Some people look forward to the trimmings, we just care about the vino.
By Danny Brody
As the holidays approach, there will be much advice doled out on where to buy your Thanksgiving, Christmas, etc. wines to pair with the special meals you've planned. My plans are less, shall we say, family-oriented, and to that end I usually end up spending most of the holidays, shall we say, out of the home. W Wine Bistro is a retail wine shop, but more importantly, merry French owner Florent Blanchet charges just $15 over retail to open any bottle on-premises. Of course this favors the more expensive wines, which across town (and even across the street) are often marked up two to three times retail.
So let's start, as every proper holiday meal should, with Champagne. The Veuve Fourny Rosé Premier Cru Brut (NV), $72, is the perfect apéritif (starter booze), with its strawberry bubbles leading to a long and satisfying finish. Start with a bottle and a plate of smoked salmon and you'll be in holiday humor in a Paris minute. This will lead into the white wine section of the meal, where the Pinot Blanc from Marcel Deiss ($38), has that Alsatian crispness, which is surprising after the floral peachiness of its aroma. This wine producer is 100 percent biodynamic, and the intense mineral tastes reflect some winemaker-inspired complexity. Order more salmon.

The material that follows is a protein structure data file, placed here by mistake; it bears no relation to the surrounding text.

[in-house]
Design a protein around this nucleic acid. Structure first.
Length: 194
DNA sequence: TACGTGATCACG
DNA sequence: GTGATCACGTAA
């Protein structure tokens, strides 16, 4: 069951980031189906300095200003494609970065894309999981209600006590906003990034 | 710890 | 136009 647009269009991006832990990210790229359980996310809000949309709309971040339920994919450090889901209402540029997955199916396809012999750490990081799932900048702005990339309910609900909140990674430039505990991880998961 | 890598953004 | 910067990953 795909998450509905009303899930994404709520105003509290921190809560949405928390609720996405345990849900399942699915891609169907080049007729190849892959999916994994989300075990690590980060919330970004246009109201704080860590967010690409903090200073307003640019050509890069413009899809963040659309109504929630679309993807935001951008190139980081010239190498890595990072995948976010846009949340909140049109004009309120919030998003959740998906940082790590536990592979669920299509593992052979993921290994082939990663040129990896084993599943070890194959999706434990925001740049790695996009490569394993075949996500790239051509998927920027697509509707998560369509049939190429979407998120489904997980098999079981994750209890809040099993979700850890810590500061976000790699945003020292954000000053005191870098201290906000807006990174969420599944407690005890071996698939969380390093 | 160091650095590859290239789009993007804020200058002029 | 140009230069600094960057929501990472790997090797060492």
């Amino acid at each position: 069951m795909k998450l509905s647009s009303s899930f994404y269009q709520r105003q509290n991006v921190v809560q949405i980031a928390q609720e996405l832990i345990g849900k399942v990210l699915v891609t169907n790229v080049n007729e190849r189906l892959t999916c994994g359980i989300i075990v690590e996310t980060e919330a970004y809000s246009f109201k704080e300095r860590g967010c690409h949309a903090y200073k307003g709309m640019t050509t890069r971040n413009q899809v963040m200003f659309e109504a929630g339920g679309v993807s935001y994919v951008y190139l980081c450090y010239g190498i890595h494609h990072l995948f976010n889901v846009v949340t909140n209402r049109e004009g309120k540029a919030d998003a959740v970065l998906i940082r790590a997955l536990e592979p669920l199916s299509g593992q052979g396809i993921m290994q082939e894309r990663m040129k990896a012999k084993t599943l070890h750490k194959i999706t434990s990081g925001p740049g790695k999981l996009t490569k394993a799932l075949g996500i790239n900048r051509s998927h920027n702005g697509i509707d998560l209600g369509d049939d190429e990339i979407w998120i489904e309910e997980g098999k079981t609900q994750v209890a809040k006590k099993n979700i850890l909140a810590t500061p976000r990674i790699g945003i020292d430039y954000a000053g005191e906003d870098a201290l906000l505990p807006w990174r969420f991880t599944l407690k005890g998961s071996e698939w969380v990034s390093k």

Now, you might think it odd to order a Tuscan red at what is essentially a French joint, but the Le Volte 2006 at $44 is a great mid-priced wine. Coming from the "young vines" of Ornellaia, whose 2006 vintage retails for more than $150/bottle, this "little brother" is one of the best values you'll find, with a spicy, dry fruit aroma and a full-bodied mouth feel that matches well with the prosciutto-wrapped grilled asparagus, with white truffle oil. It's an easy-drinking combo of Sangiovese, Cabernet and Merlot, a mini-Super Tuscan.
Another great red, also not from France, is the 2004 Dumol Pinot Noir from California's Russian River Valley. This wine can compete with the great reds from Burgundy, according to Monsieur Blanchet, whose proud French heritage does not prevent him from presenting some of the better wines from the "new world." It's a very concentrated wine, contrasting earth and spice, fruit and acidity. Try it with the duck "Parmentier," which is duck confit meat with homemade roasted garlic mashed potatoes, or with the bistro plate, which includes marinated vegetables, goat cheese and my personal favorite, BBQ shredded pork. For what are the holidays about, if not red wine and barbecue? Cheers!W Wine Bistro, 3622 NE 2nd Ave, Design District; 305-576-7775.
Published: 11/08Sipped here? Leave a review!
Wine list: 101. Graphic: Sam Riepe